Mmmmm... let me think... Many many years ago, a pompous math student argued that artists don’t produce anything of value. I looked at him, just as confused as he looked at me. We simply didn’t get each other. Since then, I’ve thought a lot about what artists in general and musicians in particular bring to the world. I’ve narrowed it down to a simple idea: art brings excitement to our lives. Whether we love or loathe a piece of art, art makes us feel alive. Excitement is what keeps us going. Love, friendship, sky-diving, music, horror movies, adventure books, board games, spirituality, all these occupations give us a sense of purpose. Without any of these, there’s not much left. On the other side of excitement comes boredom, when we struggle to connect our existence with a deeper meaning. An area of my life that has left me feeling dull and unexcited in the past few years is work. * * * In the corporate world, productivity is everything. The employee trades their time for money as companies seek to maximise the return on that particular investment. Depending on the company and employee, the pressure to deliver is more or less humane, often times comparable to caged animals in a zoo. Similar to casinos, it seems, the house always win. Think about it. Let’s say you work full-time in an office for 4,000$/month. That’s about 1,000$/ week which comes down to 200$/working day. That’s what most would consider a good monthly salary, 200$ for about 8 hours of your time. Yet, [...]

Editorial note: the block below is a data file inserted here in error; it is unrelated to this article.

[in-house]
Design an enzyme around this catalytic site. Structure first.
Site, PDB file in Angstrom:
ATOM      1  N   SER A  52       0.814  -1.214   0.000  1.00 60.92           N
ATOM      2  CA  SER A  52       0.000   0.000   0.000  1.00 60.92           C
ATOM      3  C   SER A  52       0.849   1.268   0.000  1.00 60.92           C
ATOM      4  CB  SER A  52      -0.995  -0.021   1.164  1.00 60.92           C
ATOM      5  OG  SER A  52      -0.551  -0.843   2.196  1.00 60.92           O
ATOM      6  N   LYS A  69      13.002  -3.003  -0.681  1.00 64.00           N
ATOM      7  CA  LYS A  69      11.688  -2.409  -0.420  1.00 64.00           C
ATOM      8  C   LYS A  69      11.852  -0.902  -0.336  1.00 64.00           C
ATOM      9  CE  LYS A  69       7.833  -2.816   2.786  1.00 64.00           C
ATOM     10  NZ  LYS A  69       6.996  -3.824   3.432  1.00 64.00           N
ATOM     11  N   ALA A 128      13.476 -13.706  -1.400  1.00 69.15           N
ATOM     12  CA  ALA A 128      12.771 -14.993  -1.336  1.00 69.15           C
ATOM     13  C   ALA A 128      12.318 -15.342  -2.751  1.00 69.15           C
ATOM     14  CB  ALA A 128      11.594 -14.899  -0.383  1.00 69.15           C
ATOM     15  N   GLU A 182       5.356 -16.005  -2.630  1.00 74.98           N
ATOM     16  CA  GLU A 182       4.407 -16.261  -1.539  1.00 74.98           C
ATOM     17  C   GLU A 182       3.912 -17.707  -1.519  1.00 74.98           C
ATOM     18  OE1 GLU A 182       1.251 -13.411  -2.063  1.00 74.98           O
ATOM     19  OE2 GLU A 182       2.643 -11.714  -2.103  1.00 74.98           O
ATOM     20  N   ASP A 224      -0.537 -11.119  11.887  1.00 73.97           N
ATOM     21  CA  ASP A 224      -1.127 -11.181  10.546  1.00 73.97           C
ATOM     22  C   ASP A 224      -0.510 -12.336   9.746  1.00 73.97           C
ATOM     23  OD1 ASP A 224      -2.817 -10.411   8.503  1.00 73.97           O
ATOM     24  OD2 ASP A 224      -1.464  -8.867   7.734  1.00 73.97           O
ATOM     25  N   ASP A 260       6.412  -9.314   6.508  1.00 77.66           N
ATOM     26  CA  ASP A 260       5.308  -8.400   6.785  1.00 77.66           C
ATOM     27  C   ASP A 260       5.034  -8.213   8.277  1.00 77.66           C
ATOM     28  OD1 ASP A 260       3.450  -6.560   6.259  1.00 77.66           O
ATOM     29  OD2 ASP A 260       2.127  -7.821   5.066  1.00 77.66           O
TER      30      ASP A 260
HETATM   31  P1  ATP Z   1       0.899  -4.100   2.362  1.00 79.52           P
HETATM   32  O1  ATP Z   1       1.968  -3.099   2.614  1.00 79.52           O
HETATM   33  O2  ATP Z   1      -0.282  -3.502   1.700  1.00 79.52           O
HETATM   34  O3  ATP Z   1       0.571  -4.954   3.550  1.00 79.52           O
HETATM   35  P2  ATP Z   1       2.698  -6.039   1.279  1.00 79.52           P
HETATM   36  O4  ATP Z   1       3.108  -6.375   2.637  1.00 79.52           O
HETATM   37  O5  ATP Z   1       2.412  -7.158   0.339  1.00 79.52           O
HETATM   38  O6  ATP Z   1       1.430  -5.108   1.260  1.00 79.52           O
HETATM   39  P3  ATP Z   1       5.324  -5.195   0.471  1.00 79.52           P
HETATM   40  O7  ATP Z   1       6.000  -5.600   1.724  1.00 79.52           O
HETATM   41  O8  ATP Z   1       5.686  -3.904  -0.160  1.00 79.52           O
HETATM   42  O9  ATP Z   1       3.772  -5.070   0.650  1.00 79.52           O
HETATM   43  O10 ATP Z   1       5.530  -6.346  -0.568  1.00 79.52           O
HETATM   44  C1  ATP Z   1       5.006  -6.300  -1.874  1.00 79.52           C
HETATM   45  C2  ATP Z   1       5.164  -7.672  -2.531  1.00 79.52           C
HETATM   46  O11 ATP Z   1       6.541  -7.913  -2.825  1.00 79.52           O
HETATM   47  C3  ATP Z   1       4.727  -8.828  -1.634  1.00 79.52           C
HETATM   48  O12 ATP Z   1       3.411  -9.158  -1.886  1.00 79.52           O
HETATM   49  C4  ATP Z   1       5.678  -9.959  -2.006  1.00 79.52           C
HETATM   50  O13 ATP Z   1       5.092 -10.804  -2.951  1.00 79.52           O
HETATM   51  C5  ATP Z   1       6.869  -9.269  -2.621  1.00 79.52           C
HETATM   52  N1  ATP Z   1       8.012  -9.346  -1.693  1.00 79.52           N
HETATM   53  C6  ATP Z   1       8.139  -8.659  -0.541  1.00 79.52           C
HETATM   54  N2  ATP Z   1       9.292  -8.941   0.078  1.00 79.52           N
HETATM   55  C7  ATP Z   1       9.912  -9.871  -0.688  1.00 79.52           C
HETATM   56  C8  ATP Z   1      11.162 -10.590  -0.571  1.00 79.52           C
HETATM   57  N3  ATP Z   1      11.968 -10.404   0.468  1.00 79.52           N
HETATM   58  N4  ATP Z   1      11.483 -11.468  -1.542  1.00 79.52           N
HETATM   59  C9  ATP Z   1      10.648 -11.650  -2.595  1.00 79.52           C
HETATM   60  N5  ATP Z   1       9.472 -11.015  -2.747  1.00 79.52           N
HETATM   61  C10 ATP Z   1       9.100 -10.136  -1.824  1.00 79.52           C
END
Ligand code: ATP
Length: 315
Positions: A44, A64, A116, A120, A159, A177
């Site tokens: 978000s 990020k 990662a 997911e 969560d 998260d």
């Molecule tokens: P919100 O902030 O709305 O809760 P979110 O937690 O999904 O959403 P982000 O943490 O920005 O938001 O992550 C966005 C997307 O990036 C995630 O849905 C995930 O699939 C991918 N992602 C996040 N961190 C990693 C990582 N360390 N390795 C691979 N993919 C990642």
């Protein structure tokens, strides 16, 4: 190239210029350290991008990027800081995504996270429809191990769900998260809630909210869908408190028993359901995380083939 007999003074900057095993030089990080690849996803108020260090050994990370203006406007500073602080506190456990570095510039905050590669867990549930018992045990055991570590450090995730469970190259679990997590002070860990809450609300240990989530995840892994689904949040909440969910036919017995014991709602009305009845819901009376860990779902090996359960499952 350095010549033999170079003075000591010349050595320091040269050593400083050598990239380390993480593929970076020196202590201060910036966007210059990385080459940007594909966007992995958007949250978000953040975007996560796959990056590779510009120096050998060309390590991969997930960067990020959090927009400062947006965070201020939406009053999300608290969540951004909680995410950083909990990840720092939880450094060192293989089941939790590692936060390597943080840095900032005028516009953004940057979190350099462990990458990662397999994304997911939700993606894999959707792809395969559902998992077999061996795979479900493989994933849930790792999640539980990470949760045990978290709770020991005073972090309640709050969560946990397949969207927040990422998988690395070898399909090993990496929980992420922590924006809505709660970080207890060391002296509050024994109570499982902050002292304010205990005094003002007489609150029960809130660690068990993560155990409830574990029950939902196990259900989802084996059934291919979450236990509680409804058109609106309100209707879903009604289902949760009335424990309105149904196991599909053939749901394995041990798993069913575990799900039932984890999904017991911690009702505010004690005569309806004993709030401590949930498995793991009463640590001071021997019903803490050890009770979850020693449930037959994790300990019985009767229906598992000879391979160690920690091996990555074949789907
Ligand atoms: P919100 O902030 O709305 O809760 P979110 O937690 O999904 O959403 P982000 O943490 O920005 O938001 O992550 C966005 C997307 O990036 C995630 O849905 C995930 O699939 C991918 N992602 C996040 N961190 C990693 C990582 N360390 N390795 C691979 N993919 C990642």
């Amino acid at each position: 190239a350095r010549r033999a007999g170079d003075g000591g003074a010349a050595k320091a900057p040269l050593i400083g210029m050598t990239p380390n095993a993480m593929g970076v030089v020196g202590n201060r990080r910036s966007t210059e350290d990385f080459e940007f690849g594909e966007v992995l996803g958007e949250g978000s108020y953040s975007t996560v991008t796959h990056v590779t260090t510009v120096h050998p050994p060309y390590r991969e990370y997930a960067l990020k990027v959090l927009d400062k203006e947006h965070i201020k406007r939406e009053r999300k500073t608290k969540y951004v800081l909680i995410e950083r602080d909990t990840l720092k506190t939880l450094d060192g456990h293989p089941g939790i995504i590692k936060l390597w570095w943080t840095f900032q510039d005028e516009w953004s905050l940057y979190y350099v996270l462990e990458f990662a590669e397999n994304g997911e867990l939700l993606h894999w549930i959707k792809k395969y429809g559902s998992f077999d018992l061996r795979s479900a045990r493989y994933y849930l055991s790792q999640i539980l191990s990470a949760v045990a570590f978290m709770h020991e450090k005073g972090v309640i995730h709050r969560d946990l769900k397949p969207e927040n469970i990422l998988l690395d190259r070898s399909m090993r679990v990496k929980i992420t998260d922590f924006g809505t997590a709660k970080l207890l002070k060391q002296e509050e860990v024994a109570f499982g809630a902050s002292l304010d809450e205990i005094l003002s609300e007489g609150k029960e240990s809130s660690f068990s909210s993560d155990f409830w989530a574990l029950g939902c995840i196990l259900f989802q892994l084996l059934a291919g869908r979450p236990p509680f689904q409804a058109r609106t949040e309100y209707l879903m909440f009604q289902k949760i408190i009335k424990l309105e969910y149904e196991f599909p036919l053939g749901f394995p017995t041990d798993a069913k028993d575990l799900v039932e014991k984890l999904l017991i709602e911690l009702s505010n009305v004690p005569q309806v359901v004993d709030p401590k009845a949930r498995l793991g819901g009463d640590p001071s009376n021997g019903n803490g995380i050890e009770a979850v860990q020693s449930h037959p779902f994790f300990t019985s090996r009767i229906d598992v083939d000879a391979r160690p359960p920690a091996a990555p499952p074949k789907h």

Hi there, This is a post for composers who don't know where to start, beginners or seasoned musicians who are in a rut and want to get going (again). Step 1: block out the next 30 minutes, set your timer and commit to no distractions until it goes off Step 2: open your DAW Step 3: import a song you like and find inspiring Step 4: change the tempo of your DAW project to the song imported (tip: download a BPM counter on your smartphone and start tap tap-ing) Step 5: listen to the song while writing down the arrangement in your DAW (e.g. intro, verse 1, chorus, verse 2, bridge, chorus, instrumental, chorus, chorus, outro) Step 6: listen to the song again, and over and over as you create one new instrument track for each new element of the song you hear (e.g. drums, bass, rhythmic guitar, lead guitar, vocals, violins, ear candy, riser) Step 7: keep listening to the song as you add empty blocks where each instrument is active Step 8: delete the song you imported earlier from your DAW Step 9: save your project (it's an important one that one, don't forget to save your project!) Step 10: get going! Choose the instruments you're going to use (analog or otherwise) and fill in those blocks!